By Denise LeBeau
Barkworks, a pet store supplied by puppy mills, in the Westside Pavilion mall in Los Angeles, California, closed its doors for good on December 31, 2012. Best Friends volunteers have been educating consumers about where that "doggie in the window" comes from at that location for over four years.
With a Los Angeles pet sale ban ordinance passed earlier in the year, Barkworks would have had until June 2013 to shift its business model to exclusively offer rescue pets. That would have meant another six months of puppy mill offspring for sale and competition for L.A. Love & Leashes, a humane model pet store offering rescue animals, located in the same mall.
Elizabeth Oreck, Best Friends' puppy mill initiatives national manager, attributes the amazing strides being made on behalf of mill dogs in Los Angeles to the dedication of some committed individuals. "The closing of this store is really a victory for our outstanding volunteers. They have been doing the heavy lifting over the years. We've had dedicated volunteers show up every weekend, and they've contributed hundreds of hours of manpower to help change the hearts and minds of the animal-loving public. They've also been doing it for all the right reasons. They're the unsung heroes of this closure and the perfect illustration of grassroots activism - working tirelessly to make a difference."
Unsung hero speaks
Cynthia Rosen has been part of the core group of volunteers who embraced the mission to educate consumers about the cruelty of puppy mills and highlight how many wonderful dogs can be found in shelters and rescue organizations. The group talked to customers from all walks of life, including writers, actors, engineers, attorneys, professors and students, about the puppy mill issue and the importance of spaying and neutering pets. They also handed out informative literature.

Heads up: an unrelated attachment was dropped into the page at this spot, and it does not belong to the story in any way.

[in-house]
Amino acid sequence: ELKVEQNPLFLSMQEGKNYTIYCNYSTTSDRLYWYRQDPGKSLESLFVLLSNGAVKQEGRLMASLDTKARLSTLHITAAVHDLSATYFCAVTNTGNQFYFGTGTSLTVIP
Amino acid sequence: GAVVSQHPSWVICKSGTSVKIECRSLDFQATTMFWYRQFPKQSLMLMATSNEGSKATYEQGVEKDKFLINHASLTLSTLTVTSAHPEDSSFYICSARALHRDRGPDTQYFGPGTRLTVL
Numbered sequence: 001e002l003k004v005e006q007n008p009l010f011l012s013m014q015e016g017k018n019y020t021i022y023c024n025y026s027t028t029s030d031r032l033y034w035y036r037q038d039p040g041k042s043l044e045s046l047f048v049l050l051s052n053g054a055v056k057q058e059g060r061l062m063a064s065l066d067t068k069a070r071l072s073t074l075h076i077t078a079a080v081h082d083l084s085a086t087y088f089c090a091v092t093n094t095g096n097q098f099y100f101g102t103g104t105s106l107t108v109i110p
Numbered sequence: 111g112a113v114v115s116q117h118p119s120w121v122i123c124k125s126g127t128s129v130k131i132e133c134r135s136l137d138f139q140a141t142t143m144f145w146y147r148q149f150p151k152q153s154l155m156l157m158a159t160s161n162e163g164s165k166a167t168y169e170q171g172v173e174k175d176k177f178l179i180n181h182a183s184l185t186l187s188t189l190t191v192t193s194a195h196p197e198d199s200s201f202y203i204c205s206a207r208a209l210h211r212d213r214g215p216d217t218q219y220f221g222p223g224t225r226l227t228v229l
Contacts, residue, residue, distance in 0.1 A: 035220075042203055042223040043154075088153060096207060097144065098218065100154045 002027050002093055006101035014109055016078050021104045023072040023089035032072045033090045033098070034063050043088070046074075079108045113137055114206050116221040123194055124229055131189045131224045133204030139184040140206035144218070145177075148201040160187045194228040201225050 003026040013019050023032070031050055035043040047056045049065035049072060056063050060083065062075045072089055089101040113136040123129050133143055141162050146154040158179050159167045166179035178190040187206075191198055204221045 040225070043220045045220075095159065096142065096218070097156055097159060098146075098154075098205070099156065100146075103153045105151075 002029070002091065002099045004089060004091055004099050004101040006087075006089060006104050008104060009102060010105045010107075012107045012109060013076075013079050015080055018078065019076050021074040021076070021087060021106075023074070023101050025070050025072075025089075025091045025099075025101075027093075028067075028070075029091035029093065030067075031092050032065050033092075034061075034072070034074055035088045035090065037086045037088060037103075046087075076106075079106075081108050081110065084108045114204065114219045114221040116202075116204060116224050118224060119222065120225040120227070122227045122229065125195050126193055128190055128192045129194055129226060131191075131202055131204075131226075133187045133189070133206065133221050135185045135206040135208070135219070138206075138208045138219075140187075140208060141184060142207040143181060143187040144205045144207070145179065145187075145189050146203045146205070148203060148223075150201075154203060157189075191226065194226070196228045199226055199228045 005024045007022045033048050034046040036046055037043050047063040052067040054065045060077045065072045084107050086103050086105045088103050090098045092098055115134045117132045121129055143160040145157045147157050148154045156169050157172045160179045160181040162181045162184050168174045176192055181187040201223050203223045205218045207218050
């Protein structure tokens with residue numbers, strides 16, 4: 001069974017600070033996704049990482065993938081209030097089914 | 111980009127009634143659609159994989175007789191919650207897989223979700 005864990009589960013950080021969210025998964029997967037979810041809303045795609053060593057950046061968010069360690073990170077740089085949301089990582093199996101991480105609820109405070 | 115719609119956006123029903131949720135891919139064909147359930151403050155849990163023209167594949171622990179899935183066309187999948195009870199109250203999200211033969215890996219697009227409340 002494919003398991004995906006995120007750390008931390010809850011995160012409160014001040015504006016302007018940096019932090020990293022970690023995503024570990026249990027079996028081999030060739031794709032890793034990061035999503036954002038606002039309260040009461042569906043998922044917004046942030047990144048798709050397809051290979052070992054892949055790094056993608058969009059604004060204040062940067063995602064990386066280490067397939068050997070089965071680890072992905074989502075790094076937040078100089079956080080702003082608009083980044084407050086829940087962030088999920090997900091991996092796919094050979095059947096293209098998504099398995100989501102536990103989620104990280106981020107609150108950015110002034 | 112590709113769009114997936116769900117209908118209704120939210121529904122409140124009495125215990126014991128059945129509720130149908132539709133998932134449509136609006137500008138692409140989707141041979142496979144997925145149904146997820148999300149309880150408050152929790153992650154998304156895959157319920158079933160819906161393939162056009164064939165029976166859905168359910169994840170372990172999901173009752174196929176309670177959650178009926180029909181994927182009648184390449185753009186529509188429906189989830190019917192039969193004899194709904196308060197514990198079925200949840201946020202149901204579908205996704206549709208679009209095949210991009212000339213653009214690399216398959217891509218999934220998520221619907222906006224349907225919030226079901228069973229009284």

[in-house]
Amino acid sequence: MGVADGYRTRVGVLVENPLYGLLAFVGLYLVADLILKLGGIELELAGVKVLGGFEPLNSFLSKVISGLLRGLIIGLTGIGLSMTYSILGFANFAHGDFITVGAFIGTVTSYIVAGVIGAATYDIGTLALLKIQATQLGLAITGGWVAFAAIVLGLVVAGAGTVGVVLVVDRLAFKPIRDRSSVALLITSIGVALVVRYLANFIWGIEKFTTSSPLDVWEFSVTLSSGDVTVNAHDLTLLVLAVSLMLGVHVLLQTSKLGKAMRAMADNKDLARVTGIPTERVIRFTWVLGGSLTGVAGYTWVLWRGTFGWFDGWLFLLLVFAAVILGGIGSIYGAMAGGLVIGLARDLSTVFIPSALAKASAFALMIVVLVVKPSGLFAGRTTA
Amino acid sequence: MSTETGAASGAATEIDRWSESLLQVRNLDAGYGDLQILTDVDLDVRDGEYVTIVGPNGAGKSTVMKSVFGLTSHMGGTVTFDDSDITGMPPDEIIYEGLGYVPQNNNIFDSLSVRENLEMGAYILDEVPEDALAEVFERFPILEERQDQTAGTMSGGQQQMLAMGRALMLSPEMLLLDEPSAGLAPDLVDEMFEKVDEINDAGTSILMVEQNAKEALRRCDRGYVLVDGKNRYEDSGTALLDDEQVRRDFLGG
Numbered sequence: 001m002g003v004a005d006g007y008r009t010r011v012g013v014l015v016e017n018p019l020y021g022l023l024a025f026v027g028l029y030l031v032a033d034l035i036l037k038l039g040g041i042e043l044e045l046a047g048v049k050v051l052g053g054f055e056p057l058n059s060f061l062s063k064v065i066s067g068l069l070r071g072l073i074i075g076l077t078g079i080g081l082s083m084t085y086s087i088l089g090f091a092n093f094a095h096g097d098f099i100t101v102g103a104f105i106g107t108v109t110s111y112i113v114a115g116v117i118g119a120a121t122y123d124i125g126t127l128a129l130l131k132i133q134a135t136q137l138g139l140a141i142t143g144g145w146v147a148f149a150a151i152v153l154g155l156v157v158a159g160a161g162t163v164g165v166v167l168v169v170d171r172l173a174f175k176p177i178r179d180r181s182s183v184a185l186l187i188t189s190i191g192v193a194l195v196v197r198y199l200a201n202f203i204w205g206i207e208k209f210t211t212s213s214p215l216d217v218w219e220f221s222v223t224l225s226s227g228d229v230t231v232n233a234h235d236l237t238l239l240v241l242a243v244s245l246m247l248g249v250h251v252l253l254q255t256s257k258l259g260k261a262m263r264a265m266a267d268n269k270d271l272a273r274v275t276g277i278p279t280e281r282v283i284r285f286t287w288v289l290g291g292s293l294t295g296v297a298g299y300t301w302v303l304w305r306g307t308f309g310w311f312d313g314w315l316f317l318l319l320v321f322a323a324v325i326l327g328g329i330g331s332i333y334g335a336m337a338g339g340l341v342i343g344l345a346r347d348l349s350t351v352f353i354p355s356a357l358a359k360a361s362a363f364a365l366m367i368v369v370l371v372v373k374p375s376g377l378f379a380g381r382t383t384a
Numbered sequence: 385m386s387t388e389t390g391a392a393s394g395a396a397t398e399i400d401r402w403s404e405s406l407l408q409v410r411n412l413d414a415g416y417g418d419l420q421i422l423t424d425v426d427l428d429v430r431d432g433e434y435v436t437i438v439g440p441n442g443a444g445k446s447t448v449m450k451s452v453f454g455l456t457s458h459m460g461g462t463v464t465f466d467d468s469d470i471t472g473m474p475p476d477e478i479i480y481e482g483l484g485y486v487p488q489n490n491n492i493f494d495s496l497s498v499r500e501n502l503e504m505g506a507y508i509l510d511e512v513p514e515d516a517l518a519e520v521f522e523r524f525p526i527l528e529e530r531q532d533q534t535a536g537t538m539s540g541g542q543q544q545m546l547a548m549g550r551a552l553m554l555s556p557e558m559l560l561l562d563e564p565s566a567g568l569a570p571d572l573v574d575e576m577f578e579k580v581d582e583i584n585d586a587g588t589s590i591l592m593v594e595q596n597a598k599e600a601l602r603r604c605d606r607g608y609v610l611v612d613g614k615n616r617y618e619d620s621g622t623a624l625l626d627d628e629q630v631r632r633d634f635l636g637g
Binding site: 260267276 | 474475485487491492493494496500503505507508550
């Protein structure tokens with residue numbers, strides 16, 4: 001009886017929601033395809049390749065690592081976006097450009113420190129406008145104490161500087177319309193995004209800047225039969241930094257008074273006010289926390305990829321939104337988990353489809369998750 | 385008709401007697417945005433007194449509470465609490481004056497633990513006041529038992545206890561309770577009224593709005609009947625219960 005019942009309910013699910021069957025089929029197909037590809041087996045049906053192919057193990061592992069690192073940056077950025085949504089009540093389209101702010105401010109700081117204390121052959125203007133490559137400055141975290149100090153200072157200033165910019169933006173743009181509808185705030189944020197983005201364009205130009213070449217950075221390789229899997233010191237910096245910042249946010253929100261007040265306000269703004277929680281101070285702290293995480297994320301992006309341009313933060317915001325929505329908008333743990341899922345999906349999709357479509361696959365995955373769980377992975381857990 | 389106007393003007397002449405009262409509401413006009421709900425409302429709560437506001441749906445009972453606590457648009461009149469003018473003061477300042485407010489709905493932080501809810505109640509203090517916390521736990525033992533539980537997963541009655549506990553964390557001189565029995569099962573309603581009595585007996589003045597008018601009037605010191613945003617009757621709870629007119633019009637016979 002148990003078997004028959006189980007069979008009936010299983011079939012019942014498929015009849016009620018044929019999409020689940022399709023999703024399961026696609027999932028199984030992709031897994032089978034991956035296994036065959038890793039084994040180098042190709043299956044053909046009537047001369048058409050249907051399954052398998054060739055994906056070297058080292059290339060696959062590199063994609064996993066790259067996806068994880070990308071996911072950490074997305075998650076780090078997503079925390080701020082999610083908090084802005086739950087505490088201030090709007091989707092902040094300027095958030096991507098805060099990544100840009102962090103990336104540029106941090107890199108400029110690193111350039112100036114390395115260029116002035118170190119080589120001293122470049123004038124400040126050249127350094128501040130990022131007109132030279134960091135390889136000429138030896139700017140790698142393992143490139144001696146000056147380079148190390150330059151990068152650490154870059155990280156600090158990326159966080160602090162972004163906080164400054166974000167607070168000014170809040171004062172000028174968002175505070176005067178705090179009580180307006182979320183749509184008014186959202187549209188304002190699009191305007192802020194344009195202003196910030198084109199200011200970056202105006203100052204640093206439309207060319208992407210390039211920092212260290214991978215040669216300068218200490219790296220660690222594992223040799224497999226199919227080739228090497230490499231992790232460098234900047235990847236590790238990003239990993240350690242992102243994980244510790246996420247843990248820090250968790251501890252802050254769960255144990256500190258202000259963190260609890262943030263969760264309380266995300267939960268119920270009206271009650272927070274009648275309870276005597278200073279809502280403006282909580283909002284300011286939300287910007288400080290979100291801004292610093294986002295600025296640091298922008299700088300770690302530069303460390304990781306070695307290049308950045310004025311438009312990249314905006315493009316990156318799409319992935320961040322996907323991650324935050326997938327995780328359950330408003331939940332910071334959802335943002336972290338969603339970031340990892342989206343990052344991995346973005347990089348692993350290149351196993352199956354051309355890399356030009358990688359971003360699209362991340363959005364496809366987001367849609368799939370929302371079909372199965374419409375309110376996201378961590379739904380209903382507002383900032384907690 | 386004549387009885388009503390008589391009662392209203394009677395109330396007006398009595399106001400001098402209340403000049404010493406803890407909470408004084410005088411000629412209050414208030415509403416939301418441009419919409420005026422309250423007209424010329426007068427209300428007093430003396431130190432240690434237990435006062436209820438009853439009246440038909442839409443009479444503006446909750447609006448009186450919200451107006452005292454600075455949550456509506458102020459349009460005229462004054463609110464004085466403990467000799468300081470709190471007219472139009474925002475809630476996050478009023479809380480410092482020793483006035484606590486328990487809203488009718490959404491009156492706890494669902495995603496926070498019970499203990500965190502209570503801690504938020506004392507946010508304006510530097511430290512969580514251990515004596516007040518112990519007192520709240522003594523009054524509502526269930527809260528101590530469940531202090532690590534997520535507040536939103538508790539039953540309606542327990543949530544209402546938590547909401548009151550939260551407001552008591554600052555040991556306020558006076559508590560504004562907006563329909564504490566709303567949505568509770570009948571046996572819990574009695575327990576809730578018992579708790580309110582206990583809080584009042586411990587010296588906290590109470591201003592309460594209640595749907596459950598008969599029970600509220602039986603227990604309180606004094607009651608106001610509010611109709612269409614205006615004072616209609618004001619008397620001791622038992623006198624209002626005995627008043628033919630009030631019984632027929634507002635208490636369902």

In the face of uncertain outcome, they pressed on. Cynthia states, "After the third year, we were very discouraged. A decision was made that the four regular volunteers would alternate weekends. This meant shortening the hours, but still maintaining a weekly presence. There was never a thought of completely abandoning the puppies. Our fantasy that the puppies were waiting for us on Saturdays kept us going - and that their mothers, still locked up far away, would somehow know their babies were not forgotten."
Ultimately perseverance paid off for Cynthia, the other volunteers, and, of course, the animals themselves. "Closing of the Westside Pavilion Barkworks is significant. This is a busy mall, and people will notice. I would like to think that the public will absorb the fact that the Los Angeles City Council had the courage and the ethical backbone to fight corporate bad behavior."
Further sustainable change
In addition to the pet sale ban in Los Angeles, there were other victories along the way, thanks to the work of Elizabeth and the larger animal welfare community. When unjust restrictions were placed on the Barkworks protestors by the mall chain Macerich, Best Friends filed a lawsuit involving free speech that was monumental for demonstrators in California when the courts ruled in Best Friends' favor. Shortly thereafter, Macerich implemented a nationwide policy to no longer lease space to puppy mill-supplied pet stores in their malls. So from peaceful demonstrations came a pet sale ban, a mall chain encouraging pet adoption, a fairer demonstration policy in California, and an immeasurable amount of education shared with the general public. Grassroots activism at its best indeed!
If you're in Southern California and would like to join the animal advocate volunteers, email email@example.com.
For more information on what you can do about puppy mills, check out Best Friends' puppy mill initiatives.
Photos by Best Friends staff